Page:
Monday, August 31, 2009

Recession = less death?   posted by Razib @ 8/31/2009 09:33:00 PM

The effect of economic recession on population health:
Economic recessions have paradoxical effects on the mortality trends of populations in rich countries. Contrary to what might have been expected, economic downturns during the 20th century were associated with declines in mortality rates. In terms of business cycles, mortality is procyclical, meaning it goes up with economic expansions and down with contractions, and not countercyclical (the opposite), as expected. So while most nations enjoyed sustained declines in mortality during the last century, the pace of the decline has been slower during economic booms and greater during so-called busts. The first rigorous studies demonstrating this trend have appeared only in the past 9 years, although the concept is not new. In contrast, for poor countries, shared economic growth appears to improve health by providing the means to meet essential needs such as food, clean water and shelter, as well access to basic health care services. But after a country reaches $5000 to $10 000 gross national product (GNP) per capita (or gross domestic product or gross national income per capita, all of which are similar for our purposes here), few health benefits arise from further economic growth...Health trends in Sweden illustrate this effect.

Greg Cochran told me about this phenomenon in regards to the Great Depression last year.

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The evolution of pigmentation in deer mice   posted by p-ter @ 8/31/2009 09:20:00 PM

Much of evolutionary biology focuses on ultimate causation--identifying the evolutionary forces that have led the world to be as it is today, without much regard for the nuts and bolts of how organisms work. Much of molecular biology, on the other hand, focuses on proximate causation--understanding how the world works without much regard to how it came to be that way.

It's nice, then, to see the two joined in an elegant fashion; a recent paper on the evolution of pigmentation in deer mice does just that. About 8-10 thousand years ago, a novel habitat arose in the middle of Nebraska in the form of a large field of sand dunes. Since then, the a population of deer mice adapted to the habitat by evolving a lighter coat color (though I'm having issue with images on blogger, an example is in part A of this figure).

The authors show that this decrease in pigmentation is due to changes in the temporal expression of the agouti protein (this protein is part of the "canonical" pigment type-switching pathway)--light mice express agouti for longer than dark mice during hair development. They're able to show that this change in expression pattern correlates perfectly with a deletion of a single amino acid in agouti, though they hesitate to claim that this is the true causal mutation (this polymorphism is perfectly correlated with others in the region).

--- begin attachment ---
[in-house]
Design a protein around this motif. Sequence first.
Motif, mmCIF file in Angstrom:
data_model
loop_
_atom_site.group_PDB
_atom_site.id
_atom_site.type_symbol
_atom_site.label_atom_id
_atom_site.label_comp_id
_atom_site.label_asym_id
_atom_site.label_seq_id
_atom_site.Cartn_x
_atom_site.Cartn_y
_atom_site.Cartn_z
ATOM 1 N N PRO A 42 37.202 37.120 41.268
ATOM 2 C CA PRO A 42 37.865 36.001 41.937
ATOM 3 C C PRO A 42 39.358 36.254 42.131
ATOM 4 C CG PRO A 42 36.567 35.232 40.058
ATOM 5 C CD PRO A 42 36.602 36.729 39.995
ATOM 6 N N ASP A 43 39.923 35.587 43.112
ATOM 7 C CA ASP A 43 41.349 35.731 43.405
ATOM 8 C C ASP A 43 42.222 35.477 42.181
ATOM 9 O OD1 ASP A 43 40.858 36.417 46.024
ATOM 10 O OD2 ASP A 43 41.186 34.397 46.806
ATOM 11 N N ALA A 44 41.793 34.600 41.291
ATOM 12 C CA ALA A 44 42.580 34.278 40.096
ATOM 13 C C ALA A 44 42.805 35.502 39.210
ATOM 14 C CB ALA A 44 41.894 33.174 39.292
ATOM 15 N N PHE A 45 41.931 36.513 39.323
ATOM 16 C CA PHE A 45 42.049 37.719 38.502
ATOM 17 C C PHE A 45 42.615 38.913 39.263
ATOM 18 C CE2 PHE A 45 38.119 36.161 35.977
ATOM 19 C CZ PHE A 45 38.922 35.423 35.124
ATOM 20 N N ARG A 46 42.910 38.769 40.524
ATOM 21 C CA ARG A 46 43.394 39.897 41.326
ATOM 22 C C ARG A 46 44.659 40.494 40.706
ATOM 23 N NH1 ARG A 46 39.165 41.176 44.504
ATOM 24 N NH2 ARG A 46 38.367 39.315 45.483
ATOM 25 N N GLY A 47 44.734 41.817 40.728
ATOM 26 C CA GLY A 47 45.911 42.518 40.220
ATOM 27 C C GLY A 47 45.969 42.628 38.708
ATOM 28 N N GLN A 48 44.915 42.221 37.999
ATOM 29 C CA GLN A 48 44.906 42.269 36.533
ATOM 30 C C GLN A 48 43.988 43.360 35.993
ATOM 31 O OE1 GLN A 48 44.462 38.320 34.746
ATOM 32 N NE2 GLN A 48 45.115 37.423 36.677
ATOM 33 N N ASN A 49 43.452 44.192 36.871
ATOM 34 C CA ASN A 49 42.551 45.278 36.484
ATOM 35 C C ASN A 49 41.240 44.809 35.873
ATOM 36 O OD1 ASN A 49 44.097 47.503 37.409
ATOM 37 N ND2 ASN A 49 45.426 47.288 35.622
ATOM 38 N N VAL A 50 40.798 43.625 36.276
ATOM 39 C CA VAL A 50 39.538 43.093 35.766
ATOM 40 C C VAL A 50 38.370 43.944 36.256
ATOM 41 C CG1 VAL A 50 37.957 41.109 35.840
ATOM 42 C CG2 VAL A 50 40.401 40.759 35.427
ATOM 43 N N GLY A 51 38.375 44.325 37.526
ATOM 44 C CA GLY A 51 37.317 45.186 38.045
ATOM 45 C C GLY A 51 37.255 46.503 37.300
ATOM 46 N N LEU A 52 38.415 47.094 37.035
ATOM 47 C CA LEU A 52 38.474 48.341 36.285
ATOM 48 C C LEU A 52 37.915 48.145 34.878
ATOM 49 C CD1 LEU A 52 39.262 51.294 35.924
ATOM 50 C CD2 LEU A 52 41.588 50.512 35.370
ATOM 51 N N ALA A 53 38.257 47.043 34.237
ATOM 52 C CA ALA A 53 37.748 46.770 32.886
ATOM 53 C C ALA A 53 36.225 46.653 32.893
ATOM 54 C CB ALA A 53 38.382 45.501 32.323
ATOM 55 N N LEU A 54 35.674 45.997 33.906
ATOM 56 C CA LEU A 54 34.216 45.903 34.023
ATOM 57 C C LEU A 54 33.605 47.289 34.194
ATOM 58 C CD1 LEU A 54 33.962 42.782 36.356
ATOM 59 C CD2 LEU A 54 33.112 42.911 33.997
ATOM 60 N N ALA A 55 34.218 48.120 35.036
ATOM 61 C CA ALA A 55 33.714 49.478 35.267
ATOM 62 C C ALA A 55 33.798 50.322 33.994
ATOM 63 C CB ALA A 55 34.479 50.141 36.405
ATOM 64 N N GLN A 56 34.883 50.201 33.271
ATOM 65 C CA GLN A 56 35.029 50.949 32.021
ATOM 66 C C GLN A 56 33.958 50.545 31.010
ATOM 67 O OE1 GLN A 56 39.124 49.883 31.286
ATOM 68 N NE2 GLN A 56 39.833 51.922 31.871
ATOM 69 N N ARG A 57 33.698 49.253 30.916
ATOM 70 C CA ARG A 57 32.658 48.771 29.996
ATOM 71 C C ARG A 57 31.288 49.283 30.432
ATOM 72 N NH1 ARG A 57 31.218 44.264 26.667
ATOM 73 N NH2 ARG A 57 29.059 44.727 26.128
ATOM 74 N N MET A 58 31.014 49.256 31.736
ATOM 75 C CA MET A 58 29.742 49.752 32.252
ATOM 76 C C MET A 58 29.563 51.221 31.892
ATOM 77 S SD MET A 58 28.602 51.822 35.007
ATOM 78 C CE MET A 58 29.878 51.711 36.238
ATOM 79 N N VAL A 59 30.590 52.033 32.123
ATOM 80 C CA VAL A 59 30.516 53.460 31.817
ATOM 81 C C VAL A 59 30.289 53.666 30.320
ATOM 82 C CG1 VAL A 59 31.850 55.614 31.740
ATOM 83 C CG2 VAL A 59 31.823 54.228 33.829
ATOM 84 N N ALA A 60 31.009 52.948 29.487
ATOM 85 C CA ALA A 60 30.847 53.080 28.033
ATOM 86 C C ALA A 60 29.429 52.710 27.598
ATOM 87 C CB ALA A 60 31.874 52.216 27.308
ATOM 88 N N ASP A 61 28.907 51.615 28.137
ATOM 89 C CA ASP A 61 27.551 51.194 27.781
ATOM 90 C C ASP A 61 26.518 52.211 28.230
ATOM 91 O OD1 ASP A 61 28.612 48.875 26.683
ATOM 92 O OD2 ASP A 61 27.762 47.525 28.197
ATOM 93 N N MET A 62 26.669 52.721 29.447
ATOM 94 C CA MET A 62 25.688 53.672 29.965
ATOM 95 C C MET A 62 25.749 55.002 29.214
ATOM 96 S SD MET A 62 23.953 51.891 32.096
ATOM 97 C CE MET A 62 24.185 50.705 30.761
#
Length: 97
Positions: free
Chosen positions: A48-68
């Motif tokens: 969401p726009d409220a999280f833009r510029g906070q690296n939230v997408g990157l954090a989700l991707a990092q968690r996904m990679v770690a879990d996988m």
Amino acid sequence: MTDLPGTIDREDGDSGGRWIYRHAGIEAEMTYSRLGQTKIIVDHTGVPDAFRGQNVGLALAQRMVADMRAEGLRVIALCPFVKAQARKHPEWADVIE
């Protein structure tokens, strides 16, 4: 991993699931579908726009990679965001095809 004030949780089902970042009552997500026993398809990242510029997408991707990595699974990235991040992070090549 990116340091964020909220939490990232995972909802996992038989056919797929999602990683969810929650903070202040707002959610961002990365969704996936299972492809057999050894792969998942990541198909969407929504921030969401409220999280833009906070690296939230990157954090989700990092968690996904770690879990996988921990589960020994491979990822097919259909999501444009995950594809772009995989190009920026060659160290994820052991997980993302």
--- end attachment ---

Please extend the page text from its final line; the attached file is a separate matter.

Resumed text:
The allele shows classical signatures of having experienced a selective sweep, and the authors estimate that the allele arose sometime after 10kya, after the formation of the dunes that produced the selective advantage. It's difficult, of course, to prove that this polymorphism wasn't segregating prior to the formation of the dunes, but if it was, it was certainly at very low frequency. In all, this is a very nice story, and a great example of the power of molecular approaches to the study of evolution, even in non-model organisms.

Citation: On the Origin and Spread of an Adaptive Allele in Deer Mice. Catherine R. Linnen, Evan P. Kingsley, Jeffrey D. Jensen, and Hopi E. Hoekstra (28 August 2009). Science 325 (5944), 1095. [DOI: 10.1126/science.1175826]

Curly haired dogs   posted by Razib @ 8/31/2009 12:40:00 AM

Since I see p-ter hasn't posted on this, in Science, Coat Variation in the Domestic Dog Is Governed by Variants in Three Genes:
Coat color and type are essential characteristics of domestic dog breeds. While the genetic basis of coat color has been well characterized, relatively little is known about the genes influencing coat growth pattern, length, and curl. We performed genome-wide association studies of more than 1000 dogs from 80 domestic breeds to identify genes associated with canine fur phenotypes. Taking advantage of both inter- and intrabreed variability, we identified distinct mutations in three genes, RSPO2, FGF5, and KRT71 (encoding R-spondin-2, fibroblast growth factor-5 and keratin-71, respectively), which together account for the majority of coat phenotypes in purebred dogs in the United States. This work illustrates that an array of varied and seemingly complex phenotypes can be reduced to the combinatorial effects of only a few genes.

See ScienceDaily for summary. This will help us cure cancer! OK, probably not, but hopefully perhaps we might get toward understanding hair form beyond EDAR.

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Sunday, August 30, 2009

Empires of the Silk Road   posted by Razib @ 8/30/2009 11:44:00 PM